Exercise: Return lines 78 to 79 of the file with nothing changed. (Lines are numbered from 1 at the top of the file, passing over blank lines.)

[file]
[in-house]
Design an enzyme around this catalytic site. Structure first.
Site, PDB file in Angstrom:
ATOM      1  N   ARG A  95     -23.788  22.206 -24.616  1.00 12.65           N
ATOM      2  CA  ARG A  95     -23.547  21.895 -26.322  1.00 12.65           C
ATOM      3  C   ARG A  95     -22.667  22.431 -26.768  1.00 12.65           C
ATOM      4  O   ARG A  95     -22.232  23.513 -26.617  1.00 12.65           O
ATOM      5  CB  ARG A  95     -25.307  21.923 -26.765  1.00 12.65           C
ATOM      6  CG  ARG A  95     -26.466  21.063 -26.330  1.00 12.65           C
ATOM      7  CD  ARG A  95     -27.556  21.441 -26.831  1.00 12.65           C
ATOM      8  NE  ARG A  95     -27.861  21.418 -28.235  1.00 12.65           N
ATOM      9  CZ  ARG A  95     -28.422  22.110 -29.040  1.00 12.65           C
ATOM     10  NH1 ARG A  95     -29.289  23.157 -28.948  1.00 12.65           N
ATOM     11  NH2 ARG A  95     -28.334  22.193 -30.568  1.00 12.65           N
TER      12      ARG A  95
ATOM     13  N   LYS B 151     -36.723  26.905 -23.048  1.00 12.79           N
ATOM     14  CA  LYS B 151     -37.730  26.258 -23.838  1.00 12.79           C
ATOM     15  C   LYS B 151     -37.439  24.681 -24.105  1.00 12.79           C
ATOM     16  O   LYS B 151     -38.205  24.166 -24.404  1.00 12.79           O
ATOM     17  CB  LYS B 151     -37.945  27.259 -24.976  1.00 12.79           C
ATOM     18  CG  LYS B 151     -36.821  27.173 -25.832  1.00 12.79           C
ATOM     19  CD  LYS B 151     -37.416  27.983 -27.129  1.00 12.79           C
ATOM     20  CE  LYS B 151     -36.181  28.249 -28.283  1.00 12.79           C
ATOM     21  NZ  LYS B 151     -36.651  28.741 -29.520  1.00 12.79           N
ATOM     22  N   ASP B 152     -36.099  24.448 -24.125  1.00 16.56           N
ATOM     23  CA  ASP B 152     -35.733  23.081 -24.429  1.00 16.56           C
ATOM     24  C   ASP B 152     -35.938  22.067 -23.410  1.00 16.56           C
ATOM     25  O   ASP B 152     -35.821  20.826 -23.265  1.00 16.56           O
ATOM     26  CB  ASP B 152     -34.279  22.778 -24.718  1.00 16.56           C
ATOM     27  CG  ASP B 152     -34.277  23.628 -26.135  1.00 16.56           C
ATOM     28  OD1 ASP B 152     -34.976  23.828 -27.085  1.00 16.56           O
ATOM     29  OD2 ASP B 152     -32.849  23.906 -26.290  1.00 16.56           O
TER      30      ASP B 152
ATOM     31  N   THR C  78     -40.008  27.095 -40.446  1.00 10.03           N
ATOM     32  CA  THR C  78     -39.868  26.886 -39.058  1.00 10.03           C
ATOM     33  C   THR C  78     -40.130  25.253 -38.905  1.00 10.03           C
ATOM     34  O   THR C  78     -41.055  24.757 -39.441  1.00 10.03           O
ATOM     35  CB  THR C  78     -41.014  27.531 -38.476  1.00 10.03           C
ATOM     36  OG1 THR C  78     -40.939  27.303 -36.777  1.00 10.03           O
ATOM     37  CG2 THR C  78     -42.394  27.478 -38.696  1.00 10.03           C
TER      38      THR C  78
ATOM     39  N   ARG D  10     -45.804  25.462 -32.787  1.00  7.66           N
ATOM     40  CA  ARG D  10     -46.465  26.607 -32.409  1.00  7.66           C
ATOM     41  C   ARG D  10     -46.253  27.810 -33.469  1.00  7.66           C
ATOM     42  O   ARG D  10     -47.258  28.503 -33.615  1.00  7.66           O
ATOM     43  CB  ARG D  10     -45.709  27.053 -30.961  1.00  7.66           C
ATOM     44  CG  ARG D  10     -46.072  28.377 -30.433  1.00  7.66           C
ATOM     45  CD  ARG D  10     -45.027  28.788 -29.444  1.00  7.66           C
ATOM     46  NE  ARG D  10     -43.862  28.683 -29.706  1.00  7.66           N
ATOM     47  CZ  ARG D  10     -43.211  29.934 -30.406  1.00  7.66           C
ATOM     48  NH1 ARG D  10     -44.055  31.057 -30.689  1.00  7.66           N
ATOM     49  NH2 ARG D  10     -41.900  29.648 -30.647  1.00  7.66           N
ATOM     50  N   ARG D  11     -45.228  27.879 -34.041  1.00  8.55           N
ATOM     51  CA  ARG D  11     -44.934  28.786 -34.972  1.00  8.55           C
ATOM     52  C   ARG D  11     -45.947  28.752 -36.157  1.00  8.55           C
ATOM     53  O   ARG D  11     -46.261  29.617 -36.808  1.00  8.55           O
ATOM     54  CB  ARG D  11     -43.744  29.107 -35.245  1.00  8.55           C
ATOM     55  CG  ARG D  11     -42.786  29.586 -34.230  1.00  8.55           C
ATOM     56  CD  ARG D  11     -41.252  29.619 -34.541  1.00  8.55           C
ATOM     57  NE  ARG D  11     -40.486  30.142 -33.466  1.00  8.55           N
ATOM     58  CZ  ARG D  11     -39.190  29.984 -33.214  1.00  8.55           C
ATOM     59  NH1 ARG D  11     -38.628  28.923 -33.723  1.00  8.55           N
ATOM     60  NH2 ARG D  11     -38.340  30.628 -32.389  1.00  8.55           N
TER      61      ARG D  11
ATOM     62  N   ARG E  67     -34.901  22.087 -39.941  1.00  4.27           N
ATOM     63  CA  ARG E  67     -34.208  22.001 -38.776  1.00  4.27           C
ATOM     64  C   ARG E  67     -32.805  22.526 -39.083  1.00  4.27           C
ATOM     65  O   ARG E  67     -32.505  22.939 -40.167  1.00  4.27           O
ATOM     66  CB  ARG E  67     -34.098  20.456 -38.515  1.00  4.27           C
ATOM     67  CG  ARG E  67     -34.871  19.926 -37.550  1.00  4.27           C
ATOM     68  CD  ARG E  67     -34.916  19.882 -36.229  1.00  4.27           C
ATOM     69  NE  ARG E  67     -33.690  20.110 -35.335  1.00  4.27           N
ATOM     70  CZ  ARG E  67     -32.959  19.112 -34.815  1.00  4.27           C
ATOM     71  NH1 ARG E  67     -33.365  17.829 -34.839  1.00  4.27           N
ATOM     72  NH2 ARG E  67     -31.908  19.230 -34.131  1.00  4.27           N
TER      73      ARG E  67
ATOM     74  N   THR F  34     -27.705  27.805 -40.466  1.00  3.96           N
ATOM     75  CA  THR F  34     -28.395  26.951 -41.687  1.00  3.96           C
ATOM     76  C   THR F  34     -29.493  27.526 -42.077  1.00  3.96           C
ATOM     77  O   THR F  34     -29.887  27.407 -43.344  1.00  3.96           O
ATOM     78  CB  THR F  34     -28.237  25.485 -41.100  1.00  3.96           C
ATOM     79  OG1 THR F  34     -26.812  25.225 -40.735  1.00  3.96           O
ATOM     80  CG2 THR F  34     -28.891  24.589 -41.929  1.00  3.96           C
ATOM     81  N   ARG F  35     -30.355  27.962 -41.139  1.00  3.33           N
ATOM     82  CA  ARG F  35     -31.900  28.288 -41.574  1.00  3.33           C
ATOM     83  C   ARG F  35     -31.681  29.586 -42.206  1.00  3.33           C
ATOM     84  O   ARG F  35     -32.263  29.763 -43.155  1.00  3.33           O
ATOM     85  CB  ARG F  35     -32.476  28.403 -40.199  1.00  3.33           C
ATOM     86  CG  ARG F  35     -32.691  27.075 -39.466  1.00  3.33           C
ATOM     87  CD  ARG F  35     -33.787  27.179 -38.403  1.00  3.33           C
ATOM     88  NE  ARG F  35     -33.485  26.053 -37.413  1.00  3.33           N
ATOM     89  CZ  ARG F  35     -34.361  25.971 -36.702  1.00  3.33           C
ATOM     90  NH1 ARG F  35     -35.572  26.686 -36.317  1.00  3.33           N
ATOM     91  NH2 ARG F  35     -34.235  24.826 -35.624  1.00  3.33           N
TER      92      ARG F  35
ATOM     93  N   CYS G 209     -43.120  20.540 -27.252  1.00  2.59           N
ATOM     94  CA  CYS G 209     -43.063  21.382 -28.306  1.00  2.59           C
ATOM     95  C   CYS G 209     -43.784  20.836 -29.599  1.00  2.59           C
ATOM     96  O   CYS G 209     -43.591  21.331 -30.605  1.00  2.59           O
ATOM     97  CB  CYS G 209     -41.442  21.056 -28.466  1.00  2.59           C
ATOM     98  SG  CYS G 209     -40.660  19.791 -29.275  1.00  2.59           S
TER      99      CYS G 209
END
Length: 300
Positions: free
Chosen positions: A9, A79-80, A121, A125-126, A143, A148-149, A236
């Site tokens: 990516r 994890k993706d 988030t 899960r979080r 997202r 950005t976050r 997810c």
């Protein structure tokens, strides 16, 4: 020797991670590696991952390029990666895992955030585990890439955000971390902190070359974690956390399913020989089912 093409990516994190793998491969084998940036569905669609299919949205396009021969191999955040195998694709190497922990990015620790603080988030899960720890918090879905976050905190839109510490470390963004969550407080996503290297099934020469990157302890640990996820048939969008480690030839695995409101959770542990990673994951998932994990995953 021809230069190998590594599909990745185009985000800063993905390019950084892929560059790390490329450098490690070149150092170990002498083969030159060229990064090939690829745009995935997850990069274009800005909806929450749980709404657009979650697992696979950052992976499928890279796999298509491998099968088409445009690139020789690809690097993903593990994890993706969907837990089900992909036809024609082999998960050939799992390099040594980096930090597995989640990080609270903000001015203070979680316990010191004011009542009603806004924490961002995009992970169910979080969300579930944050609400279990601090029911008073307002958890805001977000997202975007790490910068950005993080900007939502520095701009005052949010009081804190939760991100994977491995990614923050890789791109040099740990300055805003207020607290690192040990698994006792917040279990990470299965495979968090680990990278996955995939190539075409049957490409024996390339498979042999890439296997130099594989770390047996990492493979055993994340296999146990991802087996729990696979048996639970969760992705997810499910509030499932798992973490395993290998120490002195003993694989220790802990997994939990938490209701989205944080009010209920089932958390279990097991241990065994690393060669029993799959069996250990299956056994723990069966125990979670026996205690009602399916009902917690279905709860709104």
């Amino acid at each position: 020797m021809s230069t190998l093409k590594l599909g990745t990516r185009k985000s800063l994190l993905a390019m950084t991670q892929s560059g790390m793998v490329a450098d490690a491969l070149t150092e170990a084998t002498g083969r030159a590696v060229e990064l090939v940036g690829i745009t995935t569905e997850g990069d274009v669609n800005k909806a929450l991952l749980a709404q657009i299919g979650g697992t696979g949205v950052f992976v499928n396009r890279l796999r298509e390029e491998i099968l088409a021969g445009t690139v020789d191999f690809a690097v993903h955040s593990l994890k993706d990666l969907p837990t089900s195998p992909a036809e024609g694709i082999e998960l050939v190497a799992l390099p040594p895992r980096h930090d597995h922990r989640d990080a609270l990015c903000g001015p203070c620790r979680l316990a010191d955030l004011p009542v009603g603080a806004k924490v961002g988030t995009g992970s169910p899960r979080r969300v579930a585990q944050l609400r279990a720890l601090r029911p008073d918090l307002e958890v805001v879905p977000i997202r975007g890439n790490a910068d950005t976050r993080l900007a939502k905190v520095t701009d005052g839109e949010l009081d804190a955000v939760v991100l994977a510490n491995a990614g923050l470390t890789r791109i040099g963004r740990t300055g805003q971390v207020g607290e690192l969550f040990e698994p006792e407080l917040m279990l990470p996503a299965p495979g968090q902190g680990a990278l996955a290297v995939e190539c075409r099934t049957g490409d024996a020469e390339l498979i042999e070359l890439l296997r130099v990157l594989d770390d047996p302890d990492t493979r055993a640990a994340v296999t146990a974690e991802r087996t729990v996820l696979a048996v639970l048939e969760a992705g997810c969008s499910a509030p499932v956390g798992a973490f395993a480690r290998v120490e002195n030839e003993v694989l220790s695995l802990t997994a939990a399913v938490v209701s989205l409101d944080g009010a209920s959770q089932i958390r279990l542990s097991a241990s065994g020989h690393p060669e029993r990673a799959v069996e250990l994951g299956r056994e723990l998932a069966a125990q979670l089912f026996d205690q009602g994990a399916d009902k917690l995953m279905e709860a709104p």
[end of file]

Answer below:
ATOM     75  CA  THR F  34     -28.395  26.951 -41.687  1.00  3.96           C
ATOM     76  C   THR F  34     -29.493  27.526 -42.077  1.00  3.96           C